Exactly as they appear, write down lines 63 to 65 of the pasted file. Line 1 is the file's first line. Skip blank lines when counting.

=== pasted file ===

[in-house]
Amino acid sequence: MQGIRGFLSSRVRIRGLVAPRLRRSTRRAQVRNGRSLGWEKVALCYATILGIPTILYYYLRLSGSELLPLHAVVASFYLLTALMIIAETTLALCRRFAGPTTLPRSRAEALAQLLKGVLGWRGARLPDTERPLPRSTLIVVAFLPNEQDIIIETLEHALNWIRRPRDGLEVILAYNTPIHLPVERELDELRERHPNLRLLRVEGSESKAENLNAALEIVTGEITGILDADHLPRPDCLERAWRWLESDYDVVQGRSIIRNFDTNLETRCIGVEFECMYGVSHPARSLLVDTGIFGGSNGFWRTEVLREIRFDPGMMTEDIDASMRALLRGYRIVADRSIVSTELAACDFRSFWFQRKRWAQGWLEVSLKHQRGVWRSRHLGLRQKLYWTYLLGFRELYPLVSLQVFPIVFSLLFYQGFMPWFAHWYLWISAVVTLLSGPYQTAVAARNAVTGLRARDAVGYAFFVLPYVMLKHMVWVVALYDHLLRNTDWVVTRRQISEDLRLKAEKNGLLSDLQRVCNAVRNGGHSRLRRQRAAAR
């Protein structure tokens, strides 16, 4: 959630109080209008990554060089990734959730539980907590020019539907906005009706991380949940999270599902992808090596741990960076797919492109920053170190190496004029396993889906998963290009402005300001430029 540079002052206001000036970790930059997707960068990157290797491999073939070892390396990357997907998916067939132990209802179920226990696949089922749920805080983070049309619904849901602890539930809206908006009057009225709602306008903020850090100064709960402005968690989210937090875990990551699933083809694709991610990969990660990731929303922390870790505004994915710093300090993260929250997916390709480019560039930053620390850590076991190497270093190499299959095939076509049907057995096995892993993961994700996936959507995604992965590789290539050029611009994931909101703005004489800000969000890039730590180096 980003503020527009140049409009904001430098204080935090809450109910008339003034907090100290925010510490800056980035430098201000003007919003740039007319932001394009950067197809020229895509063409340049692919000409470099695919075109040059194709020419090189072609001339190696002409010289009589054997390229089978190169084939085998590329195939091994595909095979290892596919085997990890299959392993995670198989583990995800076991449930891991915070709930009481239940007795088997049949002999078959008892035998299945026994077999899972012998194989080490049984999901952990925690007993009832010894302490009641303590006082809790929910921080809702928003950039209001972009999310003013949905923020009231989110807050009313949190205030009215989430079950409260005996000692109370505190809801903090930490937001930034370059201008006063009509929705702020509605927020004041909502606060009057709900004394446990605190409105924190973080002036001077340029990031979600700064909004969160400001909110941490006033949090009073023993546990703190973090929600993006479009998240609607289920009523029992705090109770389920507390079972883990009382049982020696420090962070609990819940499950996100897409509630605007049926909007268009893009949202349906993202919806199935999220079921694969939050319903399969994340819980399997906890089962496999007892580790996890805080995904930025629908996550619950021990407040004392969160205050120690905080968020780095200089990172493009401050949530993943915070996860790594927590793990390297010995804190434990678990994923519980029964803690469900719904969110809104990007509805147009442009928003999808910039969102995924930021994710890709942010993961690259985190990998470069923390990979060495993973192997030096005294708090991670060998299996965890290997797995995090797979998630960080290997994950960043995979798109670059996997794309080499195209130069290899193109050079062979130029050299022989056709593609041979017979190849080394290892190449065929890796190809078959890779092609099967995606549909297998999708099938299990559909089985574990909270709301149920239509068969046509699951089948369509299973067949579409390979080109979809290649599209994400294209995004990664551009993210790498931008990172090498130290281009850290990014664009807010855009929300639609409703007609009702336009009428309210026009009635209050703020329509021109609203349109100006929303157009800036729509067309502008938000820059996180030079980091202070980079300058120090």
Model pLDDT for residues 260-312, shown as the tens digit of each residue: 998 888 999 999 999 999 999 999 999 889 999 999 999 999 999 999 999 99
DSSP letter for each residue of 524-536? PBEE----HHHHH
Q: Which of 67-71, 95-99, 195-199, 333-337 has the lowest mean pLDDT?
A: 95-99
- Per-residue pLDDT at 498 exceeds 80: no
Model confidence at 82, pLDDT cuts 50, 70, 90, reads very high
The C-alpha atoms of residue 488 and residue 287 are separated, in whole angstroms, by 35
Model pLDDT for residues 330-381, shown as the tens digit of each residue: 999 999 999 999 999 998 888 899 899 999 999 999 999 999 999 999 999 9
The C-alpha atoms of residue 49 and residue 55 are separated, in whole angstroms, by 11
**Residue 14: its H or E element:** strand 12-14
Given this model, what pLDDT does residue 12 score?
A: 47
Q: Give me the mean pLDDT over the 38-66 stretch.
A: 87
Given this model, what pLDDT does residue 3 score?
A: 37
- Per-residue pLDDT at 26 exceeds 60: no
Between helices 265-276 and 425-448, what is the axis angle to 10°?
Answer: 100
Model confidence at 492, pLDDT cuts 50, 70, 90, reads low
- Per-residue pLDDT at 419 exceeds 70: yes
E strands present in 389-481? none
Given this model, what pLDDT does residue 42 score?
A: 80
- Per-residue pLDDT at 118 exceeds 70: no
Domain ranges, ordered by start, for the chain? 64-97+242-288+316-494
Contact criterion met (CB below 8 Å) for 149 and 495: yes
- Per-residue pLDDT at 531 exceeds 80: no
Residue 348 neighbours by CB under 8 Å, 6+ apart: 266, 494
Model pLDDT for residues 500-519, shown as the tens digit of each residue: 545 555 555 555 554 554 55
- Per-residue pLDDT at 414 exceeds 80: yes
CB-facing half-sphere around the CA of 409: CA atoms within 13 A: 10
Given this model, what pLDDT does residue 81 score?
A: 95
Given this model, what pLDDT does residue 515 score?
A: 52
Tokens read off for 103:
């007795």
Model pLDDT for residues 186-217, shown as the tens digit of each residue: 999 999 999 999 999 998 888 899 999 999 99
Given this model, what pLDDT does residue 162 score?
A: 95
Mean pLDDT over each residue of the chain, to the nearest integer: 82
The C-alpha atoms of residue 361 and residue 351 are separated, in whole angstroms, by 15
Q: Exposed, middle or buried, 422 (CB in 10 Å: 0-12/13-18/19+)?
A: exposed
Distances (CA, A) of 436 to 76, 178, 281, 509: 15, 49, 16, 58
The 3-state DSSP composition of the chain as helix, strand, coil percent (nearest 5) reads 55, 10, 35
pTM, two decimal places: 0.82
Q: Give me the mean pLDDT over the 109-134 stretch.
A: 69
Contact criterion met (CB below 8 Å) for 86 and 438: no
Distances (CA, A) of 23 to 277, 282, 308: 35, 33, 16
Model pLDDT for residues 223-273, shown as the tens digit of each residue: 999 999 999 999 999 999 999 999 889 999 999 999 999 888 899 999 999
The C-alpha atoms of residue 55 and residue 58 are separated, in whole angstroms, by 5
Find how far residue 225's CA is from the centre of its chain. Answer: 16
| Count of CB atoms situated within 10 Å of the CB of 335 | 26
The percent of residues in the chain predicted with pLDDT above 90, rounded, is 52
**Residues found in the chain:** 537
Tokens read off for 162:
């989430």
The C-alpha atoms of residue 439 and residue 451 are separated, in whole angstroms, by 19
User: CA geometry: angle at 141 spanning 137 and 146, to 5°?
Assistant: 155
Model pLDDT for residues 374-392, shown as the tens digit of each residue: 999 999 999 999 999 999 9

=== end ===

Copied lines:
């989430």
The C-alpha atoms of residue 439 and residue 451 are separated, in whole angstroms, by 19
User: CA geometry: angle at 141 spanning 137 and 146, to 5°?